PRESIDENT Edgar Lungu says there is need for the African Union (AU) Committee of 10 (C-10) advocating an Africa’s permanent seat at the United Nations Security Council, to project and propel Africa’s desire and agenda to attain the continental aspiration.

And President Lungu has noted that there can be no meaningful development in the Great Lakes region if some members were facing civil strife.

President Lungu was speaking in Windhoek, Namibia, yesterday at the just-ended consultative summit of the C-1O heads of state on the reforms of the UN Security Council. The President said the continuation of the inter-governmental negotiations gave hope that Africa was united towards its resolve to have permanent representation at the UN Security Council.

He said the forthcoming AU summit to be held from 21st to the 31 January 2016 in Addis Ababa provided Africa with an opportunity to make a clear decision as to what course of action the continent would take by giving guidance on the new strategies towards achieving the common African goal.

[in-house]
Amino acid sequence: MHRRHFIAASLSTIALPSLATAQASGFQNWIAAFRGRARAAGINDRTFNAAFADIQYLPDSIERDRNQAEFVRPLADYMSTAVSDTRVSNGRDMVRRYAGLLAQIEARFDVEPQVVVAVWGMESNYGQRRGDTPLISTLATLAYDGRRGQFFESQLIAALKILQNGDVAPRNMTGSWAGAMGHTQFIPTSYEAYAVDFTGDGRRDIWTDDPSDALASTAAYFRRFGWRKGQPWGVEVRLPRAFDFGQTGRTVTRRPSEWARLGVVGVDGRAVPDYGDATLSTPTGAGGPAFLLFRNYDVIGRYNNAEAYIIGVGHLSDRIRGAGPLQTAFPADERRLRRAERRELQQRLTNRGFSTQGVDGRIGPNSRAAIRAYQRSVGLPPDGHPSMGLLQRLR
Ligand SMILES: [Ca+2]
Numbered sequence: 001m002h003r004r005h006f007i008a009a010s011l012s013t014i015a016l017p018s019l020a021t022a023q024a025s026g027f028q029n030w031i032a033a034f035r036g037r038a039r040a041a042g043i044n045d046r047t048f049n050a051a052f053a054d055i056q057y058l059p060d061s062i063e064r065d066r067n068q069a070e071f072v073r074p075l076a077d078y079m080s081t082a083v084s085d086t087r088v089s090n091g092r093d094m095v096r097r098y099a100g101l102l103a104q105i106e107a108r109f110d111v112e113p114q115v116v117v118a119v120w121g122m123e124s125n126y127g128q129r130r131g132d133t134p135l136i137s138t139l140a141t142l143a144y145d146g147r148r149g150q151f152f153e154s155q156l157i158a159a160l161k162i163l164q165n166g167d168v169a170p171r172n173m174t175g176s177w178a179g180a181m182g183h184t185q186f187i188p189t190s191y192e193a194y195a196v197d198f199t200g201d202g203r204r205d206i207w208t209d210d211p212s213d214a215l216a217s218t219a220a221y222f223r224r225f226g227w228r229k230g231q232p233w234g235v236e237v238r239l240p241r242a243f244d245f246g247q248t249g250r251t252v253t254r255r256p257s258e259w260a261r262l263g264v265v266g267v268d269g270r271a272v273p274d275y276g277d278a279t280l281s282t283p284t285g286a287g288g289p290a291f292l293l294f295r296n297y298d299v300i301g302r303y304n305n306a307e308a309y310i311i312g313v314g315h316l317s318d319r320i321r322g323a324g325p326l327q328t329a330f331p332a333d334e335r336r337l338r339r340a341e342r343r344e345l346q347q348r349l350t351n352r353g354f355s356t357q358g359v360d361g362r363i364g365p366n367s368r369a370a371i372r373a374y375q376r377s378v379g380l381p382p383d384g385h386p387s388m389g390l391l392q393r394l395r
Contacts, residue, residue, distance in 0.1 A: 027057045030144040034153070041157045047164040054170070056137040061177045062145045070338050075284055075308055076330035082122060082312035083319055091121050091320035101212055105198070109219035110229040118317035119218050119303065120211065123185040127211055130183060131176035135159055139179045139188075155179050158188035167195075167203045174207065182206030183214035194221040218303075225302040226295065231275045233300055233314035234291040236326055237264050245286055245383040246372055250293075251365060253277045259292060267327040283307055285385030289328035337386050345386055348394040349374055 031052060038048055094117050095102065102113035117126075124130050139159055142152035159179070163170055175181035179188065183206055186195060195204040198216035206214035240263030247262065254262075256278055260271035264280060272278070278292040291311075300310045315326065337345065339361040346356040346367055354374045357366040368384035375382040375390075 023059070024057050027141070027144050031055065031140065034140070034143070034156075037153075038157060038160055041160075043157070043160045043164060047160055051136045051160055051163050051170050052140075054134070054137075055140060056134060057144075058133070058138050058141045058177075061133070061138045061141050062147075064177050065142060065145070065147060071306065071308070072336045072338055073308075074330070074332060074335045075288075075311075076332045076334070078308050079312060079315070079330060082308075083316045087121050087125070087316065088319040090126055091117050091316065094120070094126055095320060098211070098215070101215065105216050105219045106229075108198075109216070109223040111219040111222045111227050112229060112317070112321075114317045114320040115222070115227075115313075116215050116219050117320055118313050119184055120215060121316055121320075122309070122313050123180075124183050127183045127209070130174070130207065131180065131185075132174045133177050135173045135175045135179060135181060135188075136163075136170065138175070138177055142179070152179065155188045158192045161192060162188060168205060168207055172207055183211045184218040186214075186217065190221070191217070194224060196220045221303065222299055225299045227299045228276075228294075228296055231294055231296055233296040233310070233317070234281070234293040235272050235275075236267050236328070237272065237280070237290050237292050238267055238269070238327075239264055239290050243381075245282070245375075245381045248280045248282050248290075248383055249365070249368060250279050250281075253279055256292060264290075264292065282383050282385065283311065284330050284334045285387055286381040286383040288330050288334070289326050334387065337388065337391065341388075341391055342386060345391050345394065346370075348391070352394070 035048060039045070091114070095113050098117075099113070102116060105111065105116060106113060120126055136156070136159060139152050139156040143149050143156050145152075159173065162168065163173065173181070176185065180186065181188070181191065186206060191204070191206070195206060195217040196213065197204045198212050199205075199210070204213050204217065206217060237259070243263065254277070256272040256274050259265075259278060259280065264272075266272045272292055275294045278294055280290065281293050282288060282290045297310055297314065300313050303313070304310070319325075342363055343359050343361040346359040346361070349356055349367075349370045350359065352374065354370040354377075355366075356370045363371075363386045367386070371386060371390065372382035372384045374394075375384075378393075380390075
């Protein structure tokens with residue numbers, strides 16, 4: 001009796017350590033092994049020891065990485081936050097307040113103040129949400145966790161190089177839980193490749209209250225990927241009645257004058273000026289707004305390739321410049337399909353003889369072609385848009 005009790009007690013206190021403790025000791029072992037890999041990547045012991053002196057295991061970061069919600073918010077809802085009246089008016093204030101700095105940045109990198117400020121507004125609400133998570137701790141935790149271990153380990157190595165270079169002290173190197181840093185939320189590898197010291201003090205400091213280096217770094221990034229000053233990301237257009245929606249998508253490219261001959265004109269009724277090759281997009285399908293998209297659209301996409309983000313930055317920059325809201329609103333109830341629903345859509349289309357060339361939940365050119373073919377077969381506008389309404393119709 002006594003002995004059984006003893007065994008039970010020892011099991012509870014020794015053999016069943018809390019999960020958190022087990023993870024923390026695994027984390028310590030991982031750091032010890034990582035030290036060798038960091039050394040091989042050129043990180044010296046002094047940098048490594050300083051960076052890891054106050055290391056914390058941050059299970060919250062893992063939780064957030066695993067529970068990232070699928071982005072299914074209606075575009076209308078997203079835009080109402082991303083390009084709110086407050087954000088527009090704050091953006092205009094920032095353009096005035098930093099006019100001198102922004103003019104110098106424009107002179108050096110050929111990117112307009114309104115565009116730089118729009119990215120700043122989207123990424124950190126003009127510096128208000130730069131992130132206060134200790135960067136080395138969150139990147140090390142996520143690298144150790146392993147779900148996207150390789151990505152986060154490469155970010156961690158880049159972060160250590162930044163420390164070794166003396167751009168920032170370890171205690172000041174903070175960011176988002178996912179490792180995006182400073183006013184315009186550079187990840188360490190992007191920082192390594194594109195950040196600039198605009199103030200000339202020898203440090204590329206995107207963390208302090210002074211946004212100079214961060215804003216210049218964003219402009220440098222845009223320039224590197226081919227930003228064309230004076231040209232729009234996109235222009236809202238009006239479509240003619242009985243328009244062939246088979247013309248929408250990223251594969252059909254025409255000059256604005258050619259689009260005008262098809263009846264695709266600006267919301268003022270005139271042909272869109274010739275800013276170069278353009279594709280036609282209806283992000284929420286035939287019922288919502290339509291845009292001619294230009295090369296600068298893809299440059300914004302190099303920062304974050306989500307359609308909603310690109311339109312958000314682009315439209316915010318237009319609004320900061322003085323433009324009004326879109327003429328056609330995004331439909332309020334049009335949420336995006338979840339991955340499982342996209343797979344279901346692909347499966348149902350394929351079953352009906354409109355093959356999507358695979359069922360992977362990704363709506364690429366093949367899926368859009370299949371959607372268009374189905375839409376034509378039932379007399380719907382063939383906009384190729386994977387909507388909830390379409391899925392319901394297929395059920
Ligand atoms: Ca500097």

He observed that negotiations in New York over Africa’s quest to have a permanent seat in the UN Security Council looked bleak and showed that they were far from reaching a common ground and that the pattern of re-establishing long held national or group positions remained the norm towards many areas that affected nations.

“The continuation of inter-governmental negotiations give hope that the process will make headway. As a Committee of 10, we have a duty to project and propel Africa’s desire and agenda within the umbrella of a common continental aspiration. We must not falter on this strong impetus. The report presented today by the ministers represents an important undertaking of consultations with the five permanent members of the Security Council.

“From these reports, it is my hope that the AU summit will make clear decision on which direction to proceed and to give guidance on new strategies towards achieving our common goals.

“My understanding is that the negotiations in New York are far from reaching common ground and the pattern of restating long held national or group positions remains the norm. For Africa, I propose that the time has now come for us to move beyond this stage,” President Lungu said.

He noted that for some time now, Africa has been grappled with the question of multiple membership where some African countries had embraced the negotiation position that was not in consonance with the common African position as enunciated in the Ezulwini consensus and Sirte Declaration.

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